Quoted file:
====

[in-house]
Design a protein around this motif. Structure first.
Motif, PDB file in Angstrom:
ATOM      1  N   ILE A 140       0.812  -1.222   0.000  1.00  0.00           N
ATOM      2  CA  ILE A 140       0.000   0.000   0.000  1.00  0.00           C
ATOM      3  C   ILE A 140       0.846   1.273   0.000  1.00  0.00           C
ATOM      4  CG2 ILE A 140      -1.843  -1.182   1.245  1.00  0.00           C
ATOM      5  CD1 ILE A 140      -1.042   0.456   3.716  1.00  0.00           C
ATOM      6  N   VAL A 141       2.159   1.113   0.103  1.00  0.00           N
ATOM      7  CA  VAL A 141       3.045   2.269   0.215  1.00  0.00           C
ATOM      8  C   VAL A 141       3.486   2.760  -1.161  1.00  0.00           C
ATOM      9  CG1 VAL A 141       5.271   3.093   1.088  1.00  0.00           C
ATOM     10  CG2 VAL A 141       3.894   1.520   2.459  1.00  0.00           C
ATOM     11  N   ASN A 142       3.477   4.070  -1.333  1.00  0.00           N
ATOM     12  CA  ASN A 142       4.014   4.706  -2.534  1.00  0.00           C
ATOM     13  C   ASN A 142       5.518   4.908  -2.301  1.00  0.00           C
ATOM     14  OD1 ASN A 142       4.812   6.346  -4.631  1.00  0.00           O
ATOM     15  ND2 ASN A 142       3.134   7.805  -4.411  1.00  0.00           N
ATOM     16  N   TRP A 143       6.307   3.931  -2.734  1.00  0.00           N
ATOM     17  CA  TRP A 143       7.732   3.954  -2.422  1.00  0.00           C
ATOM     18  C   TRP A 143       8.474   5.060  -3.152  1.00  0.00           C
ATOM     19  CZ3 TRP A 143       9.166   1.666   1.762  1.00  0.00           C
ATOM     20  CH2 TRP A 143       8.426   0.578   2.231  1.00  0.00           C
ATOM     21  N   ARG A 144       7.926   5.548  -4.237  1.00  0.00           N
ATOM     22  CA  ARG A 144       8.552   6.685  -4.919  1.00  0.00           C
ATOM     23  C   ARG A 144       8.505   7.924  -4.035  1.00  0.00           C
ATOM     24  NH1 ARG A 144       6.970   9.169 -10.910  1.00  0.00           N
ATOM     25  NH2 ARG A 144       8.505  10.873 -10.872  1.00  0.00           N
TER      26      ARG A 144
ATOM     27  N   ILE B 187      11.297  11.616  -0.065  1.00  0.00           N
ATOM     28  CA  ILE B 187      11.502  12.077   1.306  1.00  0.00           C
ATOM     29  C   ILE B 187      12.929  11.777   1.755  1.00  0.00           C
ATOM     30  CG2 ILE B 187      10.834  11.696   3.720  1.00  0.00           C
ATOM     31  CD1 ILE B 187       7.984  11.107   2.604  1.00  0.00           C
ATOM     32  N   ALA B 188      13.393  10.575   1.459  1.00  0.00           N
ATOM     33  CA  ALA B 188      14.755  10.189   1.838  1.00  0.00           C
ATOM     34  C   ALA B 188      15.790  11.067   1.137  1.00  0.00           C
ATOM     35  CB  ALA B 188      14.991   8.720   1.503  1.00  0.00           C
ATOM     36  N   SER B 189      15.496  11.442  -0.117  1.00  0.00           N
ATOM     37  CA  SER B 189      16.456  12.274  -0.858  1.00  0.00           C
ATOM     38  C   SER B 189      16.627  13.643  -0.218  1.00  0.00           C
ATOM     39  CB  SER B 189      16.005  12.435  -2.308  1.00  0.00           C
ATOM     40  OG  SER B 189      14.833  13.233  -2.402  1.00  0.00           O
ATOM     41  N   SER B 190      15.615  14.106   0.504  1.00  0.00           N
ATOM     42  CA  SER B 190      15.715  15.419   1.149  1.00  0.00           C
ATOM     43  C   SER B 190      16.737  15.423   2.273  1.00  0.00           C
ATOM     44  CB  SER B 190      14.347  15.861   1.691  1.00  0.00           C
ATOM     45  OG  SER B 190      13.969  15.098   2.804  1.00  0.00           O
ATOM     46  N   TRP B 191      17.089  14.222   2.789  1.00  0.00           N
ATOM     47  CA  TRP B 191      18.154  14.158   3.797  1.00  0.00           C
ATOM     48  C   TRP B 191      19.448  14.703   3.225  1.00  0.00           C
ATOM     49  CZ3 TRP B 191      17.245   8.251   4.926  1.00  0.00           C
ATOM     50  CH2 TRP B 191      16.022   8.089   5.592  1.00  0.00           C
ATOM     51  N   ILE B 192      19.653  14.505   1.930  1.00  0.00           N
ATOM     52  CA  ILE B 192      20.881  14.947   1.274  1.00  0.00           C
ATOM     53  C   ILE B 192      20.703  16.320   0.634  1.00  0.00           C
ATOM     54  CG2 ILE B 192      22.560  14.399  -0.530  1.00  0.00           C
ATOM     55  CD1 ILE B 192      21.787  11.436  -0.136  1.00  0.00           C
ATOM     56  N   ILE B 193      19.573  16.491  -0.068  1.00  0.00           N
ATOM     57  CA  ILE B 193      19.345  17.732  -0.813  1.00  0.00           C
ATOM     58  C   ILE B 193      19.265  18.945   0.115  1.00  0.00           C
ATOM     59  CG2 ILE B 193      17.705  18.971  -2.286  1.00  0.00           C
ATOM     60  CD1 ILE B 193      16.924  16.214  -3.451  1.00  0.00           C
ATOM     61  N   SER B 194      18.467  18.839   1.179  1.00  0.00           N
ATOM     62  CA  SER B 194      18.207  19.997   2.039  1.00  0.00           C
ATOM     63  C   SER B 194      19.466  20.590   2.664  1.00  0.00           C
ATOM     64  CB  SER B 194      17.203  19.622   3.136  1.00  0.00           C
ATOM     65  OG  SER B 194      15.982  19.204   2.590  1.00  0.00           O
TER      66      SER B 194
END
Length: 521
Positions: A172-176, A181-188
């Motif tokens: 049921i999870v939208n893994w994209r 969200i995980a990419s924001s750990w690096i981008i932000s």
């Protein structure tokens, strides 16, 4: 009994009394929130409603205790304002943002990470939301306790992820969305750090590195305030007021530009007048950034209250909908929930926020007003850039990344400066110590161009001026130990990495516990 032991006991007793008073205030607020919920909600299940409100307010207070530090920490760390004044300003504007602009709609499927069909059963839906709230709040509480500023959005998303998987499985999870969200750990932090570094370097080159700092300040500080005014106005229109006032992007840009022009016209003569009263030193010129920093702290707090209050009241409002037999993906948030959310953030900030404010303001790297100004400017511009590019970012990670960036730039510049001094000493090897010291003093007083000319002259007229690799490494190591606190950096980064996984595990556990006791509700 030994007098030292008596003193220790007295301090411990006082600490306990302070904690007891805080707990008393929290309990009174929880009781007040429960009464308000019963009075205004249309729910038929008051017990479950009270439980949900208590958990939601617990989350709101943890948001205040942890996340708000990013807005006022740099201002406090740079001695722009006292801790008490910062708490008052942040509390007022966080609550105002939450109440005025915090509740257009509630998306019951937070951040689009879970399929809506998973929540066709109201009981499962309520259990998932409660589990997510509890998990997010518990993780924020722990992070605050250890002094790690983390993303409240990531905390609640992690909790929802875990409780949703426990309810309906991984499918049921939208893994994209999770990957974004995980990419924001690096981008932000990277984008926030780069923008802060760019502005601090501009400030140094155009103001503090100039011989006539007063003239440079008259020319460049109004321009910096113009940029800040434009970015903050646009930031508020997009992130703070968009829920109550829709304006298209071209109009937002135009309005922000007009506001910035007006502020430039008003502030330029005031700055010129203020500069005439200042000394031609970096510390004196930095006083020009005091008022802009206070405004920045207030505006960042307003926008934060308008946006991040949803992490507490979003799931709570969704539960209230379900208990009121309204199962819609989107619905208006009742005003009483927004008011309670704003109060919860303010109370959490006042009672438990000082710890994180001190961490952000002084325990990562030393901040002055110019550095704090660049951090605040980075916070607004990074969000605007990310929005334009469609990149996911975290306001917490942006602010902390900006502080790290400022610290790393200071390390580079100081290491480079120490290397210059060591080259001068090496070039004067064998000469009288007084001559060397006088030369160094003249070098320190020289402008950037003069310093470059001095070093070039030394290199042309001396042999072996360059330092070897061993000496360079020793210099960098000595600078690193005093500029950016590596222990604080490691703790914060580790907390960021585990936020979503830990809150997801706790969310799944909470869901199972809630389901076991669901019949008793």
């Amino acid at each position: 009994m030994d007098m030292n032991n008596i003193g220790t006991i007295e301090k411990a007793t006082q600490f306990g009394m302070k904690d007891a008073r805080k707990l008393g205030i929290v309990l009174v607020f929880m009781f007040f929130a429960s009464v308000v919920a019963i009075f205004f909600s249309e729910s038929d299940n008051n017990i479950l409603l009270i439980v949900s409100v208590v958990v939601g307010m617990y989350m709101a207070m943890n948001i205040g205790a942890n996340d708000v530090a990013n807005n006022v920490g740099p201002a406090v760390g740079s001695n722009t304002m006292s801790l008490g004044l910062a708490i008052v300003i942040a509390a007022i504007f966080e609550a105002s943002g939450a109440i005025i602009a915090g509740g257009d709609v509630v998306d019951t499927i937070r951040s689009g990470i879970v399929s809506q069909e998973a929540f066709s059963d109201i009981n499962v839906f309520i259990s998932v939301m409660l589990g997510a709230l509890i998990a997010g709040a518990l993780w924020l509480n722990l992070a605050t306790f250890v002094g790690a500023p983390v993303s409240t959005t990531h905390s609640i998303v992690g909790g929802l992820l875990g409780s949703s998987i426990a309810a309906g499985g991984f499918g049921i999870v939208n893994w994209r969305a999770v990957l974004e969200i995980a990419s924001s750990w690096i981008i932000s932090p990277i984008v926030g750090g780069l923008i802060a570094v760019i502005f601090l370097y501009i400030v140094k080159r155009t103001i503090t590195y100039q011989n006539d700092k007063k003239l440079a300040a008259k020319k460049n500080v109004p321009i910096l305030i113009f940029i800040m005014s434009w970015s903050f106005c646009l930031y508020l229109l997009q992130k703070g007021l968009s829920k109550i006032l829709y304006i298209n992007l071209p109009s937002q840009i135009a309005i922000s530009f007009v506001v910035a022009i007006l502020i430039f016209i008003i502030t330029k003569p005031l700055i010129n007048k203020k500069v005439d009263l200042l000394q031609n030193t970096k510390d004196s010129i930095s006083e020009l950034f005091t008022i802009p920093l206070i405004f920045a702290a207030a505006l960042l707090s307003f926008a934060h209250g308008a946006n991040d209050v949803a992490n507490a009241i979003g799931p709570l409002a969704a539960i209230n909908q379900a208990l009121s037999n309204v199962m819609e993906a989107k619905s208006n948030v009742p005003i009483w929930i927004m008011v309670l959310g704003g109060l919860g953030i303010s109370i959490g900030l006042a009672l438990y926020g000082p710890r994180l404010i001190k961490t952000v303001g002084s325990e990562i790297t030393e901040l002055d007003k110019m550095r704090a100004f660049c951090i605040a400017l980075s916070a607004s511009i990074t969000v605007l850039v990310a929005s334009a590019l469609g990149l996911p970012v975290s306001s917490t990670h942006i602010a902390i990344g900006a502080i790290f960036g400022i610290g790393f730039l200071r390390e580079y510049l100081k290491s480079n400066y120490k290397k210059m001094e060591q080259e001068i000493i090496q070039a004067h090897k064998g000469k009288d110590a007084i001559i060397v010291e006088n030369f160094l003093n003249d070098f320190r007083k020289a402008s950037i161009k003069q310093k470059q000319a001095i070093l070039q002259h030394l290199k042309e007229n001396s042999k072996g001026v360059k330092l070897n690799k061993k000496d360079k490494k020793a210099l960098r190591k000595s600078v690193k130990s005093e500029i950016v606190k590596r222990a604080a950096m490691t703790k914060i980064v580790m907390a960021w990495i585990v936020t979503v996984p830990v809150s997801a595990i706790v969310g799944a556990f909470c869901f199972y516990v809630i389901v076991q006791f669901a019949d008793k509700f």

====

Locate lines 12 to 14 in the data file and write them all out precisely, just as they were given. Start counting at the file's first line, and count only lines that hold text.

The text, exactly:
ATOM      9  CG1 VAL A 141       5.271   3.093   1.088  1.00  0.00           C
ATOM     10  CG2 VAL A 141       3.894   1.520   2.459  1.00  0.00           C
ATOM     11  N   ASN A 142       3.477   4.070  -1.333  1.00  0.00           N